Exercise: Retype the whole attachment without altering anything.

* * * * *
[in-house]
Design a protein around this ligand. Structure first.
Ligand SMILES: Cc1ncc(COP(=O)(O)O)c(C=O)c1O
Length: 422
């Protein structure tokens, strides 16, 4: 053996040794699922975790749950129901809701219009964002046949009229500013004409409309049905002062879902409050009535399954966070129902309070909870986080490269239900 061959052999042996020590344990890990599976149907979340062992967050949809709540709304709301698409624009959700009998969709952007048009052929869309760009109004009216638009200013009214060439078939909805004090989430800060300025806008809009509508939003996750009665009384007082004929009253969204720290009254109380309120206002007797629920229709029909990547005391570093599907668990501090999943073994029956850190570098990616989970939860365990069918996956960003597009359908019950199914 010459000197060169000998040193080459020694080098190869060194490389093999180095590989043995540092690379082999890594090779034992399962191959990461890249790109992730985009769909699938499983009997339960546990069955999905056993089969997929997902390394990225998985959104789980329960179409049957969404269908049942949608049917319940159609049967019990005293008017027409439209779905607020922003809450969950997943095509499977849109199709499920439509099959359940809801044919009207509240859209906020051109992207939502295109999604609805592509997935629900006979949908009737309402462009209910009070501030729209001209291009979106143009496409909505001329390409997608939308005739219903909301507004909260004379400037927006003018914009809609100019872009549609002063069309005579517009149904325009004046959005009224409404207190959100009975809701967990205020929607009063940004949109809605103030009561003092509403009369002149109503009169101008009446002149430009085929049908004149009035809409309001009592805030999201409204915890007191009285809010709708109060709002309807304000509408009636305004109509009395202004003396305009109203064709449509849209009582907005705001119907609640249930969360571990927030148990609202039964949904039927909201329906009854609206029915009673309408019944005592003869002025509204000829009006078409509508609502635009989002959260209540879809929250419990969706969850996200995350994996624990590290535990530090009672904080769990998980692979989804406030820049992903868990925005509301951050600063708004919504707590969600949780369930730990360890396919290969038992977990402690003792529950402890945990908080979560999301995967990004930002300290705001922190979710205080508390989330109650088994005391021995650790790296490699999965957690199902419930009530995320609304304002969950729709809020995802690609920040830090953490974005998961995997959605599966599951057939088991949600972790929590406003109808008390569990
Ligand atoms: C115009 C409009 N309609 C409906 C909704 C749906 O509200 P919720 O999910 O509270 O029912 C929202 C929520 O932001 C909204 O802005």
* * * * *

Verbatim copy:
[in-house]
Design a protein around this ligand. Structure first.
Ligand SMILES: Cc1ncc(COP(=O)(O)O)c(C=O)c1O
Length: 422
């Protein structure tokens, strides 16, 4: 053996040794699922975790749950129901809701219009964002046949009229500013004409409309049905002062879902409050009535399954966070129902309070909870986080490269239900 061959052999042996020590344990890990599976149907979340062992967050949809709540709304709301698409624009959700009998969709952007048009052929869309760009109004009216638009200013009214060439078939909805004090989430800060300025806008809009509508939003996750009665009384007082004929009253969204720290009254109380309120206002007797629920229709029909990547005391570093599907668990501090999943073994029956850190570098990616989970939860365990069918996956960003597009359908019950199914 010459000197060169000998040193080459020694080098190869060194490389093999180095590989043995540092690379082999890594090779034992399962191959990461890249790109992730985009769909699938499983009997339960546990069955999905056993089969997929997902390394990225998985959104789980329960179409049957969404269908049942949608049917319940159609049967019990005293008017027409439209779905607020922003809450969950997943095509499977849109199709499920439509099959359940809801044919009207509240859209906020051109992207939502295109999604609805592509997935629900006979949908009737309402462009209910009070501030729209001209291009979106143009496409909505001329390409997608939308005739219903909301507004909260004379400037927006003018914009809609100019872009549609002063069309005579517009149904325009004046959005009224409404207190959100009975809701967990205020929607009063940004949109809605103030009561003092509403009369002149109503009169101008009446002149430009085929049908004149009035809409309001009592805030999201409204915890007191009285809010709708109060709002309807304000509408009636305004109509009395202004003396305009109203064709449509849209009582907005705001119907609640249930969360571990927030148990609202039964949904039927909201329906009854609206029915009673309408019944005592003869002025509204000829009006078409509508609502635009989002959260209540879809929250419990969706969850996200995350994996624990590290535990530090009672904080769990998980692979989804406030820049992903868990925005509301951050600063708004919504707590969600949780369930730990360890396919290969038992977990402690003792529950402890945990908080979560999301995967990004930002300290705001922190979710205080508390989330109650088994005391021995650790790296490699999965957690199902419930009530995320609304304002969950729709809020995802690609920040830090953490974005998961995997959605599966599951057939088991949600972790929590406003109808008390569990
Ligand atoms: C115009 C409009 N309609 C409906 C909704 C749906 O509200 P919720 O999910 O509270 O029912 C929202 C929520 O932001 C909204 O802005």